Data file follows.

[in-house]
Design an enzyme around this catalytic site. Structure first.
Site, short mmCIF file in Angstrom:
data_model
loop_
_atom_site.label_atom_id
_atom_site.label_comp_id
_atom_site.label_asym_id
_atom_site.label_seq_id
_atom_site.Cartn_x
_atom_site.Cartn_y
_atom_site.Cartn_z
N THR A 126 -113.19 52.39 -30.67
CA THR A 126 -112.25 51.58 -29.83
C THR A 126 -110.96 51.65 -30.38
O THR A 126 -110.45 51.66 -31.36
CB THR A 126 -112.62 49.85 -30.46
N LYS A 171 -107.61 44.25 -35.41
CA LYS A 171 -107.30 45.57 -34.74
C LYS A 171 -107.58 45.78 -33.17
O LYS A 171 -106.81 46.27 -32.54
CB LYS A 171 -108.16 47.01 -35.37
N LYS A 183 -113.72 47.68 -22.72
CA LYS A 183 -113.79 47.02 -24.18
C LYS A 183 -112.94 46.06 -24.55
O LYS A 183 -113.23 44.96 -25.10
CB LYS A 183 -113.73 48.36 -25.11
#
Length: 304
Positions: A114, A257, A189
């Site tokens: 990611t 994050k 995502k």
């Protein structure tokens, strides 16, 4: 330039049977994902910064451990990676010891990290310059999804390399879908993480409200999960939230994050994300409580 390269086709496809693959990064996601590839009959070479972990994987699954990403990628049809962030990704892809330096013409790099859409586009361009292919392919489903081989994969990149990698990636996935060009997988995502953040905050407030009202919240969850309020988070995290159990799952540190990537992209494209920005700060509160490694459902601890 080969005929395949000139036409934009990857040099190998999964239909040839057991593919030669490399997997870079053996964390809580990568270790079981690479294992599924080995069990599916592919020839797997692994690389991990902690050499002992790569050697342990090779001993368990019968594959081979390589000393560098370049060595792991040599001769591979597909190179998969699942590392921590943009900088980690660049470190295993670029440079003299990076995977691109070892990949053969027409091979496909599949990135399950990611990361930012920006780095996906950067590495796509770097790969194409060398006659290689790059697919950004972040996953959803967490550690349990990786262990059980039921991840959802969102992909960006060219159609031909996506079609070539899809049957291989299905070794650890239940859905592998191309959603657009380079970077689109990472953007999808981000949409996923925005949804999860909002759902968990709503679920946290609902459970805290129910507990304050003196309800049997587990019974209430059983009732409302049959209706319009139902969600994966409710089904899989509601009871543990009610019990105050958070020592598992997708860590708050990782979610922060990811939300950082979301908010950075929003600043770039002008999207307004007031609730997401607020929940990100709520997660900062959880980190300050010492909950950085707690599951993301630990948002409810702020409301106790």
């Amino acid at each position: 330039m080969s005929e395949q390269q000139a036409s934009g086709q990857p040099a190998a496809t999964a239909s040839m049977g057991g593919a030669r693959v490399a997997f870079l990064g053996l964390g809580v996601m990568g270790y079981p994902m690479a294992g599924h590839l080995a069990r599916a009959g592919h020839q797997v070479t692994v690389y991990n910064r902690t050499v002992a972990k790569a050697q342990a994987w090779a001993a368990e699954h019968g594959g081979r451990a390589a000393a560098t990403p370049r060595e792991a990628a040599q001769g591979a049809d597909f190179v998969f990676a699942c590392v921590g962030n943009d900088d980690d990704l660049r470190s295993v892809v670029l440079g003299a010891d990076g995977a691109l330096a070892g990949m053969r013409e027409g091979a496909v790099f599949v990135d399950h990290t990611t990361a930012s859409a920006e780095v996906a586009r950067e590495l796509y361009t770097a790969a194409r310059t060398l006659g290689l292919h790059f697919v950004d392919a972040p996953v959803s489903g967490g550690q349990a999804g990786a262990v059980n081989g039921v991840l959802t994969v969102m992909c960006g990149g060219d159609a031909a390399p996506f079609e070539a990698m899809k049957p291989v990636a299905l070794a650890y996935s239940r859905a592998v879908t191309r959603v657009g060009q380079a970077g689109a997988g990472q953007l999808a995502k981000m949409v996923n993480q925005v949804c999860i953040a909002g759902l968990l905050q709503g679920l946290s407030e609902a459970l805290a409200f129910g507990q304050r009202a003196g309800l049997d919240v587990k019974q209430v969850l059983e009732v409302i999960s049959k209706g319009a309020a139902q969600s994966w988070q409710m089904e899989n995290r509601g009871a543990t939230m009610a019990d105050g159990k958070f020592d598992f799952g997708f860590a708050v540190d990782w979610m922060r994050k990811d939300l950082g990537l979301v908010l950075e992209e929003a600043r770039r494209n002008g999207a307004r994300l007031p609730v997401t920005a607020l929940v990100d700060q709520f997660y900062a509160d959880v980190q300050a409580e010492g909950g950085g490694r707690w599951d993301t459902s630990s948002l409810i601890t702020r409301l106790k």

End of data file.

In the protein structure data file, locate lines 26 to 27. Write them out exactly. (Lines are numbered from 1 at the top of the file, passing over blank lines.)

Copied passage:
O LYS A 183 -113.23 44.96 -25.10
CB LYS A 183 -113.73 48.36 -25.11